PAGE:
After his speech was severely impaired, he became a well-known stand-up comedian.
Drew Lynch was playing softball when a ball bounced and hit him in the throat. The damaged nerves turned him into a stutterer. He felt frustrated and bitter like any young person would. So, his girlfriend encouraged him to cope by talking about it--on the comedy stage. Even though it was never his dream to become a comedian.
The year 2015 in America’s Got Talent, Drew stuttered and charmed his way to the hearts of the jury and the crowd. He not only got a standing ovation from the jury and the audience halfway through his routine, but he also earned a golden buzzer from Howie Mandel. If you saw the videos, you wouldn’t stop laughing and crying. On top of the sympathy-getting handicap, his scripts were hilarious and genius.
Drew admitted he felt he had “a responsibility to show people that you can turn anything into a positive.”
Another person that can inspire us is a guy named Clint mentioned by Dr. Brian Goldman in his book "The Power of Kindness: Why Empathy is Essential in Everyday Life". Clint has down syndrome. He always knew that his condition was not the norm, but he was not yet thrown out of the game.
One day, Clint walked into a Tim Horton’s in Canada. Luckily, the outlet owner Mark Wafer had a soft spot for persons with disability (PWD). Mark is a PWD, too. He is deaf and he had a hard time in school and in his previous jobs. So, when Mark saw Clint, he said he was going to employ this guy that no one was likely to hire.
Clint did his job well then one day became a Model Employee. He has earned the confidence to ask a girl out and they are now married. On the side, Clint has become a motivational speaker giving encouragement to big crowds.
Drew and Clint are just one of the millions who have shown how we can accept defeat but fight another day. Nobody really knows what can happen next.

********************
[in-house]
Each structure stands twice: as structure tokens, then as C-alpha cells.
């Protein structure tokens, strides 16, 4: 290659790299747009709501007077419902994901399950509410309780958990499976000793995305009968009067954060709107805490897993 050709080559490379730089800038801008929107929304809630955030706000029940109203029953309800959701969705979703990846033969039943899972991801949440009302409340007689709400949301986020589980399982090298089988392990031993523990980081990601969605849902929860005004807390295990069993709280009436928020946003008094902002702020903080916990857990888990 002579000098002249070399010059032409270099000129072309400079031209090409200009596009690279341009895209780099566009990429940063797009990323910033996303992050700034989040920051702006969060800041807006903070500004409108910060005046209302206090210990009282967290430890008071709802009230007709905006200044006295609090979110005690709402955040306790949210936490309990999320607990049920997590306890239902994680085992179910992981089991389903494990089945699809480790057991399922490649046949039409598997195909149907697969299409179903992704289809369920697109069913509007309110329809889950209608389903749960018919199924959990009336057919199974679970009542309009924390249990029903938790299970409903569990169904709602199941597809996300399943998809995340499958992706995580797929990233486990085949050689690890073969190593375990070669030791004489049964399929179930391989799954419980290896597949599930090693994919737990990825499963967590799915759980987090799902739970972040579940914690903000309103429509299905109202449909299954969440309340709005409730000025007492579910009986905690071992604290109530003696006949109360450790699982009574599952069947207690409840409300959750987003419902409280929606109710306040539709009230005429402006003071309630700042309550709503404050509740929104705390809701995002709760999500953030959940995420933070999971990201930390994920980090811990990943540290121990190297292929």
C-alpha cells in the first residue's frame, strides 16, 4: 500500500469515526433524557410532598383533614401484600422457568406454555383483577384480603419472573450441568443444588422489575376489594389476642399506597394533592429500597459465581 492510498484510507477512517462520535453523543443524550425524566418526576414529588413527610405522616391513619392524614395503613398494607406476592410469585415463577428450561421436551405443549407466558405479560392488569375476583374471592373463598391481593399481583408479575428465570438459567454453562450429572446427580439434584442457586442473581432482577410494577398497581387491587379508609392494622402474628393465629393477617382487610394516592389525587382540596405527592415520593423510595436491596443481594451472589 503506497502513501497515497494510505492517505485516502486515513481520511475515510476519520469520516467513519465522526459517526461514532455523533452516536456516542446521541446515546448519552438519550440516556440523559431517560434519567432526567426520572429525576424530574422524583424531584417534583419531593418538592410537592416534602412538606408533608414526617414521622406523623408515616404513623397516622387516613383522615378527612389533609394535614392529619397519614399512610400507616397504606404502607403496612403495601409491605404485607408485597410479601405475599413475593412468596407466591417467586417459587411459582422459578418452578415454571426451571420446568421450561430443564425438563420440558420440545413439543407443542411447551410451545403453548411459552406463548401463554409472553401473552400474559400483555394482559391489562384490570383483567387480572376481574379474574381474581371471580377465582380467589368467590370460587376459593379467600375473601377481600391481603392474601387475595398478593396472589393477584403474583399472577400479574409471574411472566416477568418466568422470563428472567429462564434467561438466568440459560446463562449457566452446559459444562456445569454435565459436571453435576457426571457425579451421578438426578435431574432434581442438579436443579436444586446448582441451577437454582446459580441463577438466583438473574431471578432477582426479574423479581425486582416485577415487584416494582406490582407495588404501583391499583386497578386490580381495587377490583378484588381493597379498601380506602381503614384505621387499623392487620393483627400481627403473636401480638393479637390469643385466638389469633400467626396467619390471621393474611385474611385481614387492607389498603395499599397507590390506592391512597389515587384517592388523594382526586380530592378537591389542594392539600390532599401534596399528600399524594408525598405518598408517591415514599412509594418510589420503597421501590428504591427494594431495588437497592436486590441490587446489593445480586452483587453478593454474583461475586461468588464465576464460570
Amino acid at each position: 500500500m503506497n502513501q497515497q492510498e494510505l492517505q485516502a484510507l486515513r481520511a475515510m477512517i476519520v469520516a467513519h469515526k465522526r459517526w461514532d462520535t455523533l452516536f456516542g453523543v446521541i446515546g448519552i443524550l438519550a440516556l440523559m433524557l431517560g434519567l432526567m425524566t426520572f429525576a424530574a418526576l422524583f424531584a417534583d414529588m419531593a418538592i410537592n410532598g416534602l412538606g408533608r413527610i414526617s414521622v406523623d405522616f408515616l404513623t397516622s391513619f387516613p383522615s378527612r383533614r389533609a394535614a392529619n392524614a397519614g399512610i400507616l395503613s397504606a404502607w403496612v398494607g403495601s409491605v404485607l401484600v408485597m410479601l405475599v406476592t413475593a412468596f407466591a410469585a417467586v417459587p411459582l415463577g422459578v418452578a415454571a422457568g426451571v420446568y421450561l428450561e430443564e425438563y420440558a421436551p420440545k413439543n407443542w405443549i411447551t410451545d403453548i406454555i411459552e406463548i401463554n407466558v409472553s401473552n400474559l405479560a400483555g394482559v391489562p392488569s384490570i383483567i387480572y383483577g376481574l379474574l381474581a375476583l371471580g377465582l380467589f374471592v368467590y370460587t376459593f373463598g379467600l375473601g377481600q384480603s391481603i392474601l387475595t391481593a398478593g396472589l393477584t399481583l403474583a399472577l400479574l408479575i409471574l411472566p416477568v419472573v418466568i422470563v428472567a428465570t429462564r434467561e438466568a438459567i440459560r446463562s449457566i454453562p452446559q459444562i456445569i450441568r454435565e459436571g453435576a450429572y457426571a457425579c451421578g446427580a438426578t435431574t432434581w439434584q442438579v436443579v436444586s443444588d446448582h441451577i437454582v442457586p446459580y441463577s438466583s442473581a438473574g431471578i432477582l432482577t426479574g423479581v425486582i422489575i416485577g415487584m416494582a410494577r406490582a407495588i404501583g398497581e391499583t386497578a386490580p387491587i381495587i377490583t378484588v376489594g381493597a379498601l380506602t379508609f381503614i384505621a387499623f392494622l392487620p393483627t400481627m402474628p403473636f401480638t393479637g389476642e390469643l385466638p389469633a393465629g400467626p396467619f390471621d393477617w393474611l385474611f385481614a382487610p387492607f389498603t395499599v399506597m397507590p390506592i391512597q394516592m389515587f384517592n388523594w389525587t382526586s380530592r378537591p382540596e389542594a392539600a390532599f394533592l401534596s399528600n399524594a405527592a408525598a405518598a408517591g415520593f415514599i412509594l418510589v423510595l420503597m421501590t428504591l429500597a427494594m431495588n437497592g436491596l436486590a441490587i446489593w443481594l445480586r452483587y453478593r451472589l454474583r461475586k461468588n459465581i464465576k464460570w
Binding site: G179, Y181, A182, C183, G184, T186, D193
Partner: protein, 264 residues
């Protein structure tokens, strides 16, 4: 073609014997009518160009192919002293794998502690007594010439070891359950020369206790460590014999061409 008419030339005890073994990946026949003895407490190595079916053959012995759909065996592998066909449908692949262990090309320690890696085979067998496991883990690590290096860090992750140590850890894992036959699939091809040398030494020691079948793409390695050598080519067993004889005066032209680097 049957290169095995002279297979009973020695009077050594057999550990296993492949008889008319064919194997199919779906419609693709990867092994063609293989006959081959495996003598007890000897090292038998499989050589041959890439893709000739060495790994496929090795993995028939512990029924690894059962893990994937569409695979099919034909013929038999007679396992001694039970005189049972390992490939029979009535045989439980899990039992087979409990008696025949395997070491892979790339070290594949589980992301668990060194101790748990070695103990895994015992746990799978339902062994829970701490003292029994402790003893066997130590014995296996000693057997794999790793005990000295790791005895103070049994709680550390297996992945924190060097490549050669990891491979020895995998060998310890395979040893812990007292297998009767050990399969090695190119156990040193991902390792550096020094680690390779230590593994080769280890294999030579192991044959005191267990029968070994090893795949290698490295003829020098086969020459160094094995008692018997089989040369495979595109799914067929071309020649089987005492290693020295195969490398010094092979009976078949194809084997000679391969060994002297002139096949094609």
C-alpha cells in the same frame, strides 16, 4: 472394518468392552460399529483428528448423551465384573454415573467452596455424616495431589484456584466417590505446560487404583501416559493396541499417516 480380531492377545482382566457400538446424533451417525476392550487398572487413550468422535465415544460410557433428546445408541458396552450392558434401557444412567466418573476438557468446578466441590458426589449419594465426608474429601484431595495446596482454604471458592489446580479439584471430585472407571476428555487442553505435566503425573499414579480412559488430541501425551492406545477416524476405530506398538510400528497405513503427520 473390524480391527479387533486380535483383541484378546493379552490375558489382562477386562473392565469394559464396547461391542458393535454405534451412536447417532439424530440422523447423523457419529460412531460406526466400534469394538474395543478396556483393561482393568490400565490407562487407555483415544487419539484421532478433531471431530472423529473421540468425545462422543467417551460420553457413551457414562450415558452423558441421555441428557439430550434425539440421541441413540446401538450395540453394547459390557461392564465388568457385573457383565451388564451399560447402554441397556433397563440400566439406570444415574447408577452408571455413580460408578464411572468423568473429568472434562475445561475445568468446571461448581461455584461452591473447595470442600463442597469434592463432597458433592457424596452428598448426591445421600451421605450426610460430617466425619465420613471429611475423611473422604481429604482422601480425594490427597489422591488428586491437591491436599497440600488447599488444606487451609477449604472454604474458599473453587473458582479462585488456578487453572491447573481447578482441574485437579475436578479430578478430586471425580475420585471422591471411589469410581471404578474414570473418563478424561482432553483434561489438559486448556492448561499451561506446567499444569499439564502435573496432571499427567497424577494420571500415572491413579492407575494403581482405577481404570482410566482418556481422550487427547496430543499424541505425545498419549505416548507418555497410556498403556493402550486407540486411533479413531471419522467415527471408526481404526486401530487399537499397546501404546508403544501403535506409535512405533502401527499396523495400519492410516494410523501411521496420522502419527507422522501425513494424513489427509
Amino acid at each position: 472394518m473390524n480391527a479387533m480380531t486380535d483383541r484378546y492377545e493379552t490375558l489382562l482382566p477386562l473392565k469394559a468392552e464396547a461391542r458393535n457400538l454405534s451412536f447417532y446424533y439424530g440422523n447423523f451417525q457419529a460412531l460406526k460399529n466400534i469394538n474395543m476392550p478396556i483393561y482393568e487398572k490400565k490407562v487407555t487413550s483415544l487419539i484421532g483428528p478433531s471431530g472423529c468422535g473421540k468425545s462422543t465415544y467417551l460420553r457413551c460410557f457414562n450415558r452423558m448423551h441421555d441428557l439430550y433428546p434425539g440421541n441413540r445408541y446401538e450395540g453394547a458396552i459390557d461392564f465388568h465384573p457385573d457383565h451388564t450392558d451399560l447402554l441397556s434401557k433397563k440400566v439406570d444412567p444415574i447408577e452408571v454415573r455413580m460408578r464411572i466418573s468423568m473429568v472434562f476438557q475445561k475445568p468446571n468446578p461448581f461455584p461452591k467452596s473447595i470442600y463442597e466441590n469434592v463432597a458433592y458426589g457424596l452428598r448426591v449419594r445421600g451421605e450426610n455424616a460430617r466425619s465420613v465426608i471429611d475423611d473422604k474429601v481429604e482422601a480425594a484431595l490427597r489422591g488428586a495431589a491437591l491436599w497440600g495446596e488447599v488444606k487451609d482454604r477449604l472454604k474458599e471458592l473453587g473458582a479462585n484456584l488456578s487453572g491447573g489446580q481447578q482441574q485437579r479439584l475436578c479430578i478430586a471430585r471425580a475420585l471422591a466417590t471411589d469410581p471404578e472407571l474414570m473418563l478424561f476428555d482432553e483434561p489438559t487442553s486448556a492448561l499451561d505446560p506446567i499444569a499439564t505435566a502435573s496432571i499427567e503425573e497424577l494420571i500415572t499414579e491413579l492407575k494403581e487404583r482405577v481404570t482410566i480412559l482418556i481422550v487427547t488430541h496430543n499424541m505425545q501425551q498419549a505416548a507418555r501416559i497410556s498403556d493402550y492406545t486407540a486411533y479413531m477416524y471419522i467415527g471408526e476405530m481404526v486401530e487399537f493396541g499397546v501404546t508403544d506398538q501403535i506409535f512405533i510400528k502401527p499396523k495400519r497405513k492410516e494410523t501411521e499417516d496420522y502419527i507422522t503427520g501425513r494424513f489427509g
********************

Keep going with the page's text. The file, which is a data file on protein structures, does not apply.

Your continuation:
I don’t blame people who get depressed for a long time. In fact, I have more understanding of their pain after having read books like Dr. Elisabeth Kubler-Ross’ "On Grief and Grieving: Finding the Meaning of Grief Through the Five Stages of Loss," Dr. Piero Ferrucci's "The Power of Kindness: The Unexpected Benefits of Living a Compassionate Life," and Guy Winch’s "How to Fix A Broken Heart," among others.
Although their loneliness appears overblown to other people, their misery is so real to them. Dr. Kubler-Ross, for example, said people who lost someone have a right to get angry and grieve for longer than comfortable for us. While I’m not done writing on that topic in another article, I can only wish and pray that they regain their strength and win back their dreams.
I will also not say that a tragedy is necessary to propel us into a redemption. We also need not to pressure ourselves to come back with something dramatic and spectacular. People are okay to be average as long as they are happy.
But if a sad thing is not always the starting point for a meaningful life, it is definitely not the end.
About the Author:
Robert Labayen spent 22 years in advertising prior to joining ABS-CBN in 2004. He was VP-Creative Director at Saatchi & Saatchi and Executive Creative Director at J. Walter Thompson, two of the country's leading ad agencies. He is currently the Head of Creative Communications Management at ABS-CBN. His job involves inspiring people to be their best. He is a writer, painter and songwriter.
Disclaimer: The views in this blog are those of the blogger and do not necessarily reflect the views of ABS-CBN Corp.